Grad Student Zhou, One of Last Physicists at Controls of CDF Experiment
Zhou in the CDF control room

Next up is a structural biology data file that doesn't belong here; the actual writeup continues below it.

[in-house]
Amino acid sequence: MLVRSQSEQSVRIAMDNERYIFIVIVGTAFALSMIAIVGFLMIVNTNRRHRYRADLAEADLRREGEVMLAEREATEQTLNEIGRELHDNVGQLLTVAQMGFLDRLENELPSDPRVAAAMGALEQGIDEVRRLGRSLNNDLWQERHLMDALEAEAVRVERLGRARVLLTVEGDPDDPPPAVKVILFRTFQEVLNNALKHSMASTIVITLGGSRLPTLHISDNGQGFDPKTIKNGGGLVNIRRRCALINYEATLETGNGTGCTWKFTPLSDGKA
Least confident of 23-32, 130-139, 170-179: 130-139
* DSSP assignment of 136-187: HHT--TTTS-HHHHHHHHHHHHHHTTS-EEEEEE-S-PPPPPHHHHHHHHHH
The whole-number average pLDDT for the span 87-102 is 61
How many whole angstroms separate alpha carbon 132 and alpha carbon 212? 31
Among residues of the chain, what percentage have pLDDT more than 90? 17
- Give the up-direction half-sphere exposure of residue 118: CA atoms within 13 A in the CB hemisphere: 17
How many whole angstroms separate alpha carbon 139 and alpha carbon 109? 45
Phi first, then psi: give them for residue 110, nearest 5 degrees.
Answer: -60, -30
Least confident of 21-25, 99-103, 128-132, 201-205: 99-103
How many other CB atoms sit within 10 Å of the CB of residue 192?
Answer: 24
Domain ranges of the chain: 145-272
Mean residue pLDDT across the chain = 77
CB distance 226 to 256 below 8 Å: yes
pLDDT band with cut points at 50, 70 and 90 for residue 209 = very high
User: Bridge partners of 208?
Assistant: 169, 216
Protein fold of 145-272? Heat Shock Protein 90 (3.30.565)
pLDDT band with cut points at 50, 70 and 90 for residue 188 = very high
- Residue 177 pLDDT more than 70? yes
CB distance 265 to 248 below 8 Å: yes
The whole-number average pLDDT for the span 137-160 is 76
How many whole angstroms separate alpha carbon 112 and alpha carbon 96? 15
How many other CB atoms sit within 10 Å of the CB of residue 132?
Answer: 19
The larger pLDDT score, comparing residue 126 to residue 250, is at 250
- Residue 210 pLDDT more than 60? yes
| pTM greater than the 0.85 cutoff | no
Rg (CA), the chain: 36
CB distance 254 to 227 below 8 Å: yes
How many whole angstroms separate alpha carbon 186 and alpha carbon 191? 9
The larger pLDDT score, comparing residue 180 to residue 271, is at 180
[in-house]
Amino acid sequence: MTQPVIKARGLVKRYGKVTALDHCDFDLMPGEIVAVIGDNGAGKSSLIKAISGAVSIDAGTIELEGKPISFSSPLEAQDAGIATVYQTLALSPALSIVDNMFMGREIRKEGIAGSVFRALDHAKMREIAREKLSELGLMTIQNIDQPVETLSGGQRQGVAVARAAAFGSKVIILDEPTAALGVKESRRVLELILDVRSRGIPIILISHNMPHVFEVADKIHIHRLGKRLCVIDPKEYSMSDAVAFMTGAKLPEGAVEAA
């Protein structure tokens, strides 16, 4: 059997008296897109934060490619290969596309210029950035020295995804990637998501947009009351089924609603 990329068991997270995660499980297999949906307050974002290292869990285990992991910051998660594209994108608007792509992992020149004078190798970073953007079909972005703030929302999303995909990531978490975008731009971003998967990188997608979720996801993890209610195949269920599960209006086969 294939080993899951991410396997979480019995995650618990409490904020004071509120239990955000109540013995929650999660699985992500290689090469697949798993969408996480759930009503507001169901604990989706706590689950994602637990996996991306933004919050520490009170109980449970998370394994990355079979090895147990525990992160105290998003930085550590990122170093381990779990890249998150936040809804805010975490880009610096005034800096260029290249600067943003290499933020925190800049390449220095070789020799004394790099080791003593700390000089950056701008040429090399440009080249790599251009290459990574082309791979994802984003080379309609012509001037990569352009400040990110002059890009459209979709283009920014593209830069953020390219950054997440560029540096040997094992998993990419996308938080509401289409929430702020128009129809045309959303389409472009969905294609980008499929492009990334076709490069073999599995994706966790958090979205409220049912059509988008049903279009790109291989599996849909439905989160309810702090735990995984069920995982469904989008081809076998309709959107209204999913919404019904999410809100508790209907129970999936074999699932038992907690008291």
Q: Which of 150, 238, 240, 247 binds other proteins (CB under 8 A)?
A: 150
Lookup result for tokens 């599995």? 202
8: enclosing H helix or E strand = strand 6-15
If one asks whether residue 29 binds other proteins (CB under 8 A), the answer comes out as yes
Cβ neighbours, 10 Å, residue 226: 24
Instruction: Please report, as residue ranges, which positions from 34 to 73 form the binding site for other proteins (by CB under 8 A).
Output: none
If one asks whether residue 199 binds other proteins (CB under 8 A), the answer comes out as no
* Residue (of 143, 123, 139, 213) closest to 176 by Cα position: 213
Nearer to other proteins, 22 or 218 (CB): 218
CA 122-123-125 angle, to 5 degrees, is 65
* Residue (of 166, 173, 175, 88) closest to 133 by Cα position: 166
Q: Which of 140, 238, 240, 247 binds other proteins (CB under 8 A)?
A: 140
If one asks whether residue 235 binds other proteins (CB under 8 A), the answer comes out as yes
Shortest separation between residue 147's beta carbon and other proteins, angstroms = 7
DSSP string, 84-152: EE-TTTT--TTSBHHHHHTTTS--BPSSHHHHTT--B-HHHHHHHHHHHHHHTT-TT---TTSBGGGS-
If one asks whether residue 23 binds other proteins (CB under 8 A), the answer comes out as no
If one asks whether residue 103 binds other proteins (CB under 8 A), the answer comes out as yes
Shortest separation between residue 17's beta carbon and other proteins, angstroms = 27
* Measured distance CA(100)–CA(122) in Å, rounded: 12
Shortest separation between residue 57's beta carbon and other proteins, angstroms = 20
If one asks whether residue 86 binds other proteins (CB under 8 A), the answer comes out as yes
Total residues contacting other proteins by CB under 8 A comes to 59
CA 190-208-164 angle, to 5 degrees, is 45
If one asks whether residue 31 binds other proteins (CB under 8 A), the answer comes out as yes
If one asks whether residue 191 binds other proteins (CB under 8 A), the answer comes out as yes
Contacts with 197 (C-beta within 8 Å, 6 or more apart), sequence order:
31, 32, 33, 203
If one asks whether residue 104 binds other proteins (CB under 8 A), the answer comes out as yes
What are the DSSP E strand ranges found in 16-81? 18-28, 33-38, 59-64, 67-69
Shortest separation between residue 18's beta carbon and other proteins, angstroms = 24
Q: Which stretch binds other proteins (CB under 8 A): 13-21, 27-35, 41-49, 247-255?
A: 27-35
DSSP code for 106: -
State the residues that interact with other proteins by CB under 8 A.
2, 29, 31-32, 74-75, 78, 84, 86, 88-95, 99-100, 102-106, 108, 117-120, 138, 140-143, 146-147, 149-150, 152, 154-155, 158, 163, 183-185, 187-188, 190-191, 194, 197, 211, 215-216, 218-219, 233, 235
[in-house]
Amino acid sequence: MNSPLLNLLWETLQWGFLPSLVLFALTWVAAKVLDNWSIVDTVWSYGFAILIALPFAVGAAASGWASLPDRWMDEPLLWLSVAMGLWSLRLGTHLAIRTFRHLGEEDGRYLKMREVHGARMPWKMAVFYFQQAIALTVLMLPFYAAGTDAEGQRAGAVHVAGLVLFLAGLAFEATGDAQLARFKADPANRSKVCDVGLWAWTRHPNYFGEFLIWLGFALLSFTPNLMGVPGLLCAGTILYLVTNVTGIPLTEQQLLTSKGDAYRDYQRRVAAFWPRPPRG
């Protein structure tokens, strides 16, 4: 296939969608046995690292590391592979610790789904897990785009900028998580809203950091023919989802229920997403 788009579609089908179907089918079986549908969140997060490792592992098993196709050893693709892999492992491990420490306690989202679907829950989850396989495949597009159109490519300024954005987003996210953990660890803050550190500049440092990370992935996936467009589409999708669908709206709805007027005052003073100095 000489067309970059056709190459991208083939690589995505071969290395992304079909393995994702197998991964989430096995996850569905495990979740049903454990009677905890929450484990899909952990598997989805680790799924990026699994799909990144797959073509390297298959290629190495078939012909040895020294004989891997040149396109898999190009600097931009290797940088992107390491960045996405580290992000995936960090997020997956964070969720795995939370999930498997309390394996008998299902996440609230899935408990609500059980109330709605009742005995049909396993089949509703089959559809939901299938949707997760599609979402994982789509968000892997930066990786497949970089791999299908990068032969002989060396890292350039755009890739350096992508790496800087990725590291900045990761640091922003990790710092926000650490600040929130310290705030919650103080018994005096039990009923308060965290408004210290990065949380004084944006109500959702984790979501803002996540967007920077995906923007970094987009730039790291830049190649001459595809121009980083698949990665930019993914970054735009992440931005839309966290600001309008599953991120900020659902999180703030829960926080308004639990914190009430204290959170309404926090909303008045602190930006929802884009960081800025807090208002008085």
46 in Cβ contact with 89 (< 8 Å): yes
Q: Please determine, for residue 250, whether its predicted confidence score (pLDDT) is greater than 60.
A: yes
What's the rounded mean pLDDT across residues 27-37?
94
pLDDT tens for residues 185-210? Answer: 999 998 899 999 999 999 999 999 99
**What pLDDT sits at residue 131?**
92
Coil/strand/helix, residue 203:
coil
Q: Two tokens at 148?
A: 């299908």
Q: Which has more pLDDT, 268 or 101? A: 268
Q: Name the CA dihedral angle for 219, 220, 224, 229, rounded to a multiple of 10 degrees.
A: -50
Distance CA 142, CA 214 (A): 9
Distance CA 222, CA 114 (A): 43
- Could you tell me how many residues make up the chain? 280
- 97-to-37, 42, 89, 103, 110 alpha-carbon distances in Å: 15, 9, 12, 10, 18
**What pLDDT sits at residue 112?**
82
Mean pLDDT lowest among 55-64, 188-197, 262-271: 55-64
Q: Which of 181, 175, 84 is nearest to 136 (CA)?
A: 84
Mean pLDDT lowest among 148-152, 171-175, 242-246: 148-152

The Tevatron proton-antiproton collider at Fermilab was shut down on September 30. The experiments recording the collision data, CDF and D-zero ceased operation after more than twenty years of producing results that have significantly advanced our understanding of the universe. Chen Zhou, a Duke second-year graduate student, spent the summer at the CDF experiment, funded by a Fermilab University Research Association fellowship. Chen was trained to be one of the expert operators of the CDF experiment, which required taking long shifts maintaining the smooth running of the detector and ensuring high quality data being collected. With the end of the CDF experiment, Chen has the distinction of being one of the last physicists to be in the CDF control room running the experiment. Zhou said "It was a great experience for me since I learned a lot about how the CDF experiment worked. And it was always fun to control the CDF detector and talk with other physicists." Working with Prof. Mark Kruse and Antonio Limosani, a postdoc from the University of Melbourne, Chen also worked on an analysis of the data to look for Higgs bosons decaying to two Z bosons, a preferred decay if the Higgs is heavy enough. Chen studied the effectiveness of applying various multi-variate techniques to discriminate the Higgs signal from background processes. This included comparing techniques such as Neural Networks and Support Vector Machines which attempt to optimally use all the information from a given collection of data to identify a Higgs signal. These analysis techniques will also be useful for searches at the Large Hadron Collider.